Reports of CMV encephalitis are uncommon. The infection presented more frequently in the pre-HAART era because AIDS-associated CMV encephalitis occurs almost exclusively in patients with CD4+ counts less than 50 cells/μl [1,7]. Currently, HIV patients at the highest risk of developing this infection are those who have no access to medication, or are poorly compliant with ART [7].

CMV encephalitis presents clinically as rhomboencephalitis, exhibiting rapidly progressive encephalopathy and in some cases cranial nerve palsies and seizures [1,2,8,9]. The most frequently reported pattern in brain MRI is periventricular enhancement with or without ventriculomegaly [1,9].

Treatment of CMV encephalitis is difficult, and reports show multiple therapeutic failures. This could be explained by previously irreversible neurological damage caused by CMV and by poor antiviral diffusion in the CNS [3]. Treatment consists of GCV or foscarnet, and is based on only a few case reports. GCV is the first-line treatment; however, in case of poor response, foscarnet could be supplemented because of their synergistic action inhibiting CMV replication [3,11]. As GCV is a highly polar molecule, the drug has poor permeability across biologic membranes [12], unlike foscarnet, that has a good penetration in both retinal and brain tissues [13]. Duration of treatment is not well defined, but, in immunocompromised patients, it frequently requires long-term use of antiviral agents [14], and it should be considered the same duration as retinitis or until symptoms resolve and CMV replication clears [15].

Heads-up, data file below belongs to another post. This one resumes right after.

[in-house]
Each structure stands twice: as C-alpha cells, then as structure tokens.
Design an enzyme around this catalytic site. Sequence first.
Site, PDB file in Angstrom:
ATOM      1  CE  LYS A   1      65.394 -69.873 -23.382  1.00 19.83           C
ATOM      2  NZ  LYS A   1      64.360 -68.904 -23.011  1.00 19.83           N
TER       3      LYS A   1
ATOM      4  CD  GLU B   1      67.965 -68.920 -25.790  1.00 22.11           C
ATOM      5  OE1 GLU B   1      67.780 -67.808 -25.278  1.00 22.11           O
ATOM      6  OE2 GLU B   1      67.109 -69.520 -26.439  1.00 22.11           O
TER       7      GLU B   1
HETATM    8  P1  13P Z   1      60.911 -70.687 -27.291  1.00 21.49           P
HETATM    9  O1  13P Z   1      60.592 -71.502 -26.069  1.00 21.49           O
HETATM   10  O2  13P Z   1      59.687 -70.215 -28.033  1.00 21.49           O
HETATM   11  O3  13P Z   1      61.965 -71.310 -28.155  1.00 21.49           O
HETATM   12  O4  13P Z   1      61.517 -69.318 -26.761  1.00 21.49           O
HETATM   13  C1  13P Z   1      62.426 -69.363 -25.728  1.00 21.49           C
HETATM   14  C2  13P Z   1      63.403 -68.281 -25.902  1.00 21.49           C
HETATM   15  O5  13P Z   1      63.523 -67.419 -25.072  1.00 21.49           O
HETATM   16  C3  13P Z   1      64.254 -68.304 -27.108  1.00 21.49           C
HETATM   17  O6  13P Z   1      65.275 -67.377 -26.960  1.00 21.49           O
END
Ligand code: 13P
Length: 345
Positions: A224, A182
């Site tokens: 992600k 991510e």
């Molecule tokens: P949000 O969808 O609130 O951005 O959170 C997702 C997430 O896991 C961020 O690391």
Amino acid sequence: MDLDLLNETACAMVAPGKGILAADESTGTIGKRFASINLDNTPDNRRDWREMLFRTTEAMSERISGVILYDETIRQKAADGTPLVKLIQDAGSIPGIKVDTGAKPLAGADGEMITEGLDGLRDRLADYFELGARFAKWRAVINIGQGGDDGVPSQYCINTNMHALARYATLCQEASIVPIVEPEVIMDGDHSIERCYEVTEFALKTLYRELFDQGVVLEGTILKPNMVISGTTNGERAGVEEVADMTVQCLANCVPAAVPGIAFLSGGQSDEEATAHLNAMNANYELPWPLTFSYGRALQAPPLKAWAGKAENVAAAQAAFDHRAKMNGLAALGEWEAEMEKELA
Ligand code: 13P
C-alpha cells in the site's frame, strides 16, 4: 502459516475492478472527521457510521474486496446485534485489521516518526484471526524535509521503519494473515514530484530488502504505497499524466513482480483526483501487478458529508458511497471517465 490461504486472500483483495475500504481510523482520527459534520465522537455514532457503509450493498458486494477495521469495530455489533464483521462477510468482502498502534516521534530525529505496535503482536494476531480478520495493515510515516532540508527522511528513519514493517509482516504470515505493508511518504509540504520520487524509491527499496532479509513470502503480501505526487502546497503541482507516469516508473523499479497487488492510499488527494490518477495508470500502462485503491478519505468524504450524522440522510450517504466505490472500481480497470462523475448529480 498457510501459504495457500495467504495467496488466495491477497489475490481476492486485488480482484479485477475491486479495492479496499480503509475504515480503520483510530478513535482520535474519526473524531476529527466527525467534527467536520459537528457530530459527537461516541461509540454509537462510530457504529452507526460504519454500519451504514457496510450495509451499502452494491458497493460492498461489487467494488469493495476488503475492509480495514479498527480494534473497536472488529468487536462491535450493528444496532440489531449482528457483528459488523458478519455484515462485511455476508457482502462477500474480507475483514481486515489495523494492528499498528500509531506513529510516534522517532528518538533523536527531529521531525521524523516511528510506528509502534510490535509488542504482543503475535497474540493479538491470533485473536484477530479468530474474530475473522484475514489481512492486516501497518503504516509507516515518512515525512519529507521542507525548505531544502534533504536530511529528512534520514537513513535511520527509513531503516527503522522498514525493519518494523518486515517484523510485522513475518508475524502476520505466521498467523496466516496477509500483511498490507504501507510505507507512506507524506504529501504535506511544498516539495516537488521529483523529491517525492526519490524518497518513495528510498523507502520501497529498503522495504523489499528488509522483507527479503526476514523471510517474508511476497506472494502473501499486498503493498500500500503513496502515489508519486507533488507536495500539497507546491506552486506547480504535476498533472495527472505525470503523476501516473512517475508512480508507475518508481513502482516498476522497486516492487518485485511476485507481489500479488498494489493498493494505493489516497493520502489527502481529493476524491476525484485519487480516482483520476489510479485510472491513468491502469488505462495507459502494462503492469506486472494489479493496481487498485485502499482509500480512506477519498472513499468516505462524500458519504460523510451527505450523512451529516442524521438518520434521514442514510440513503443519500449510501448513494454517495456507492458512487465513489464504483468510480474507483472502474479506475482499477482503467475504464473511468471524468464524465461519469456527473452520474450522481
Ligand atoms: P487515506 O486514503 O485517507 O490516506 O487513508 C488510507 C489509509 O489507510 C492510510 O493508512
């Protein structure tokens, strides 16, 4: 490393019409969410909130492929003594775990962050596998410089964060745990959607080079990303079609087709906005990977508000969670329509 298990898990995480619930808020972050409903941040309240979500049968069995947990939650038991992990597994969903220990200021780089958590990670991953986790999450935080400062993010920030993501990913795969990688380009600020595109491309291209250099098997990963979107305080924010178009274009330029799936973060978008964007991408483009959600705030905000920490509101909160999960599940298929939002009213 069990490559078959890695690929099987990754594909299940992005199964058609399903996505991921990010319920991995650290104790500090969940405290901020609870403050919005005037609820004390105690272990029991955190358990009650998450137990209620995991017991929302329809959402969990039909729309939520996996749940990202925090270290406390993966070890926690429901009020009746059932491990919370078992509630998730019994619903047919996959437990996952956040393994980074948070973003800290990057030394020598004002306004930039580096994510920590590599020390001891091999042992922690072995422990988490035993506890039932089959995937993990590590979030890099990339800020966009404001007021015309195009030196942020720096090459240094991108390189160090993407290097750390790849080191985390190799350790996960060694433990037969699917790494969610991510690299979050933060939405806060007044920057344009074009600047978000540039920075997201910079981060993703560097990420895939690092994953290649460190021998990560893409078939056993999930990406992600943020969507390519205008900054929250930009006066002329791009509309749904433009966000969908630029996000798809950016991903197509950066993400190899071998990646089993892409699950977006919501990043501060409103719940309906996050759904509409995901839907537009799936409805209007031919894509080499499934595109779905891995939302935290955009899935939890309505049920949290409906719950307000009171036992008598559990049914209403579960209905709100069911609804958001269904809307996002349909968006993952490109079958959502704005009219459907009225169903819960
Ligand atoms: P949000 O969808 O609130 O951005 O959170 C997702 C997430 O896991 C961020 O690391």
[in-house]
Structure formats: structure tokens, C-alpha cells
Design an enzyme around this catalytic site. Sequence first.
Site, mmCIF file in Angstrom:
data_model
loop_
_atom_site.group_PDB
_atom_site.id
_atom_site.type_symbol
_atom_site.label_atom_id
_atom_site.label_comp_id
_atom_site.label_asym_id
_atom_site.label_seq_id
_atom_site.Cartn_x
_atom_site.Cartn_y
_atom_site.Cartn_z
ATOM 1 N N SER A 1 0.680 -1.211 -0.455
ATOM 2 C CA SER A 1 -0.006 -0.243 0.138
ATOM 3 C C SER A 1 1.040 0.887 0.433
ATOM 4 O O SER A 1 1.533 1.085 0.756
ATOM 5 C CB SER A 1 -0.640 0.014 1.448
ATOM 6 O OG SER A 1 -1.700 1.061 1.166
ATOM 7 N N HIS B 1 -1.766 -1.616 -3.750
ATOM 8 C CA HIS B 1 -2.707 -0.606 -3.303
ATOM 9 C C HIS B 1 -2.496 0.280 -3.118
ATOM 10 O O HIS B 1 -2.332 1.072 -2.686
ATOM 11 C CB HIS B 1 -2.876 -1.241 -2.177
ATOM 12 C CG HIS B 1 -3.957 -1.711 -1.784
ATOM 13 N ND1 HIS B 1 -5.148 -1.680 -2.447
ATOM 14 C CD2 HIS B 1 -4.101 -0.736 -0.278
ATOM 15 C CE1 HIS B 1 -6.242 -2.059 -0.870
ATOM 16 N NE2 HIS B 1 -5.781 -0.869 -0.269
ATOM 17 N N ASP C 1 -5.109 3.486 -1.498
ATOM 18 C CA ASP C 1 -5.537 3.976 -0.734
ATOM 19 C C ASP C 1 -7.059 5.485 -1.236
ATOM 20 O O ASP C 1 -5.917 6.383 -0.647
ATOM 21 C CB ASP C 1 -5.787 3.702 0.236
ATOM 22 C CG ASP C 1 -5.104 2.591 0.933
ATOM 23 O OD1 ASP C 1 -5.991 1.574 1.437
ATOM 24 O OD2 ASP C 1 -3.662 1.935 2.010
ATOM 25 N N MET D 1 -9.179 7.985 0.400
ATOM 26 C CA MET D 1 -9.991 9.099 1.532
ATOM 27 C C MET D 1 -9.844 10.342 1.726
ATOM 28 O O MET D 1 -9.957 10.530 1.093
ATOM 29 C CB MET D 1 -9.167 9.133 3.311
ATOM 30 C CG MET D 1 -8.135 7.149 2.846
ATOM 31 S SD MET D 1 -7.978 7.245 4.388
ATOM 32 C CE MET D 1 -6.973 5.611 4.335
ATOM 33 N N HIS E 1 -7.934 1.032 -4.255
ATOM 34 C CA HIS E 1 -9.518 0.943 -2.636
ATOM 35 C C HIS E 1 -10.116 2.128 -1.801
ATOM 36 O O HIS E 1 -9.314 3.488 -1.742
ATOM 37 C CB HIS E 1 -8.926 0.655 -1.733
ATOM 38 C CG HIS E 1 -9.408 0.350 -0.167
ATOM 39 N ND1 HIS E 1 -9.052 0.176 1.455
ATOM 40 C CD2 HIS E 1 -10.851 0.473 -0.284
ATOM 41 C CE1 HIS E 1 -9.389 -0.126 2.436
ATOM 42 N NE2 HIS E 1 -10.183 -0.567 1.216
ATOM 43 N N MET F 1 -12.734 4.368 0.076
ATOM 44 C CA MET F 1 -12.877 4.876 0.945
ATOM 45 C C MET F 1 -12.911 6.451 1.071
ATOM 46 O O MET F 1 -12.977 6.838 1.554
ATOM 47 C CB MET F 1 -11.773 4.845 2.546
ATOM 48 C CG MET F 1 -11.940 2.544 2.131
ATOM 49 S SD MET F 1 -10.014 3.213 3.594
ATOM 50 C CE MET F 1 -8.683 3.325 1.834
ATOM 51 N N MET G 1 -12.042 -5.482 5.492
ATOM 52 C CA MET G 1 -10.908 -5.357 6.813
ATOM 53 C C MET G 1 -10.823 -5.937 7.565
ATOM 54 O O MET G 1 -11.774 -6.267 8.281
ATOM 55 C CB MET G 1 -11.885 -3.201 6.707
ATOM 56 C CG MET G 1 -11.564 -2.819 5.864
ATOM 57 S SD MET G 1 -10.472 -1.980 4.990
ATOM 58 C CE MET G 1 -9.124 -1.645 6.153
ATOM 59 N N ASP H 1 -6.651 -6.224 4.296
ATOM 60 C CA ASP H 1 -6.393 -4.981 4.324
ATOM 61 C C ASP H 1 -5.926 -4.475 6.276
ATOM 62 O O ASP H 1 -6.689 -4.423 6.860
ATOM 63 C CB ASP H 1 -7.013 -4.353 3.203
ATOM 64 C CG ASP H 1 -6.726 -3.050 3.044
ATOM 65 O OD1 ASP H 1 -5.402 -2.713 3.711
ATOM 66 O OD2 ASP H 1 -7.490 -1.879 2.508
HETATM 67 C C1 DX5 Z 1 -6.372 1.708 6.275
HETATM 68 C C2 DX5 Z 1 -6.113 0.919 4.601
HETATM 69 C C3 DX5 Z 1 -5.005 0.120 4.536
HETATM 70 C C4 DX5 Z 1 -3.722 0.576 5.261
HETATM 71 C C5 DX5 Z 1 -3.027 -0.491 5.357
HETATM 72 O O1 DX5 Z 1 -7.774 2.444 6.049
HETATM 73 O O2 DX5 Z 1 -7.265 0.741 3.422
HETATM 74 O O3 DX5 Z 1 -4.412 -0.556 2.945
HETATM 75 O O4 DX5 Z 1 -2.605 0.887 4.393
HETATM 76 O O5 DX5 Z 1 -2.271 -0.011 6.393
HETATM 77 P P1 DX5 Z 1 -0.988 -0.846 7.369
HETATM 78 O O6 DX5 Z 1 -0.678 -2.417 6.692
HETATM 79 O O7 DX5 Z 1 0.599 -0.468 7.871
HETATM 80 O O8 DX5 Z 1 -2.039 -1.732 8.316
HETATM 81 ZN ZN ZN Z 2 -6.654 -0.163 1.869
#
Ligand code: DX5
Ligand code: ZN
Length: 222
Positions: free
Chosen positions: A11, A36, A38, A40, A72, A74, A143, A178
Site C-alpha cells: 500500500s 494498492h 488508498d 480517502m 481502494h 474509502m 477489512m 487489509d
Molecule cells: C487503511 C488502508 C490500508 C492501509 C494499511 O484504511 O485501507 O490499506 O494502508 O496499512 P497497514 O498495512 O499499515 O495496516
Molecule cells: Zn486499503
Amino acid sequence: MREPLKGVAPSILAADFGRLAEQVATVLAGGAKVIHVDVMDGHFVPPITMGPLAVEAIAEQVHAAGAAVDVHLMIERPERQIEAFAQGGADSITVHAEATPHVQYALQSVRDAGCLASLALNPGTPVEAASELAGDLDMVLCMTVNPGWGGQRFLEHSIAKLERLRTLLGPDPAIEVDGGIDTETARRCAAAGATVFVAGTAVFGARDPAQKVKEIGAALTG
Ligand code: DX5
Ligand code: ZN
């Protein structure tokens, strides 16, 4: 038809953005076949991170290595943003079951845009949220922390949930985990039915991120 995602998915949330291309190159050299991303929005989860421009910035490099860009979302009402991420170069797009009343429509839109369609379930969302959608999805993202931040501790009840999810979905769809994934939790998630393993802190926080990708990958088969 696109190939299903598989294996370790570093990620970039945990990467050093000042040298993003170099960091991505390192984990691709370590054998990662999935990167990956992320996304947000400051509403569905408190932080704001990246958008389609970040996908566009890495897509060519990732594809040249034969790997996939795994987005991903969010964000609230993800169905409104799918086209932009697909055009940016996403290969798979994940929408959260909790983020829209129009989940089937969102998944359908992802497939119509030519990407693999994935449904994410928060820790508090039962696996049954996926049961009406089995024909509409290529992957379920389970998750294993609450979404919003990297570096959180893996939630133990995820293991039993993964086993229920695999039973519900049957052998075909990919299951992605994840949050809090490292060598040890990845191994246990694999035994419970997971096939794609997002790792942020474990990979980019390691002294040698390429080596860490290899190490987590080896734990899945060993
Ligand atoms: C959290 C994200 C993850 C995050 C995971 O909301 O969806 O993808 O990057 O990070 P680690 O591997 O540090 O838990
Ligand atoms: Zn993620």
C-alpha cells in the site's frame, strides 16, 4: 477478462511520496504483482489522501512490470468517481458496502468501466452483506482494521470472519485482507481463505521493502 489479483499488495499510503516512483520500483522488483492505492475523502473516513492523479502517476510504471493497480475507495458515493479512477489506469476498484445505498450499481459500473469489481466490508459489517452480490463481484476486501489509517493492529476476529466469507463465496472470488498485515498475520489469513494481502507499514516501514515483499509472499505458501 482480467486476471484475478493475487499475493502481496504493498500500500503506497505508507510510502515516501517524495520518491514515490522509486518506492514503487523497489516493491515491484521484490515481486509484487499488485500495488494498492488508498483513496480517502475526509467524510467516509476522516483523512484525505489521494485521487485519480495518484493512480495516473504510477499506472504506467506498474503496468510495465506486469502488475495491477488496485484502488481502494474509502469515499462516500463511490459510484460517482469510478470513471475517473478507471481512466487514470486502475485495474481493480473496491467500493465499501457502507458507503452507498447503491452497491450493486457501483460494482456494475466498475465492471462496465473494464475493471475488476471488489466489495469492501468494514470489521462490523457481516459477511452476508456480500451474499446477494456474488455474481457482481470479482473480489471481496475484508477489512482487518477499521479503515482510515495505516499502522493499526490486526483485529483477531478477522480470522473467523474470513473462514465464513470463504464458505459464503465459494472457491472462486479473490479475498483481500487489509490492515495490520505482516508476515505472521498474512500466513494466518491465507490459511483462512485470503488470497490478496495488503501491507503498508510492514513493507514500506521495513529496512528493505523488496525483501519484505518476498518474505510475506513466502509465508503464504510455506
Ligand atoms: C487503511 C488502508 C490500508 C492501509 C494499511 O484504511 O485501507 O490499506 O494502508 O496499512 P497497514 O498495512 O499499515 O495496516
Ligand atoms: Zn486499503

Almost all previous reports were published before the HAART era [3–5]. All cases reported high mortality rate, even in the presence of anti-CMV therapy. In the post-HAART era, there are very few reports, one with clinical improvement [2]. It seems that ART is the most significant strategy in the treatment of CMV disease. Immune reconstitution from ART results in a significant decline in CMV viremia, perhaps even in the absence of anti-CMV therapy [6,10].

In conclusion, cases of CMV encephalitis in the post-HAART era are uncommon. It usually presents as rhomboencephalitis and CNS images could be very useful. This patient was successfully treated after combined therapy with GCV and foscarnet. Withstanding control of this infection is only possible after immune reconstitution is achieved with ART.

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Conflicts of interest

There are no conflicts of interest.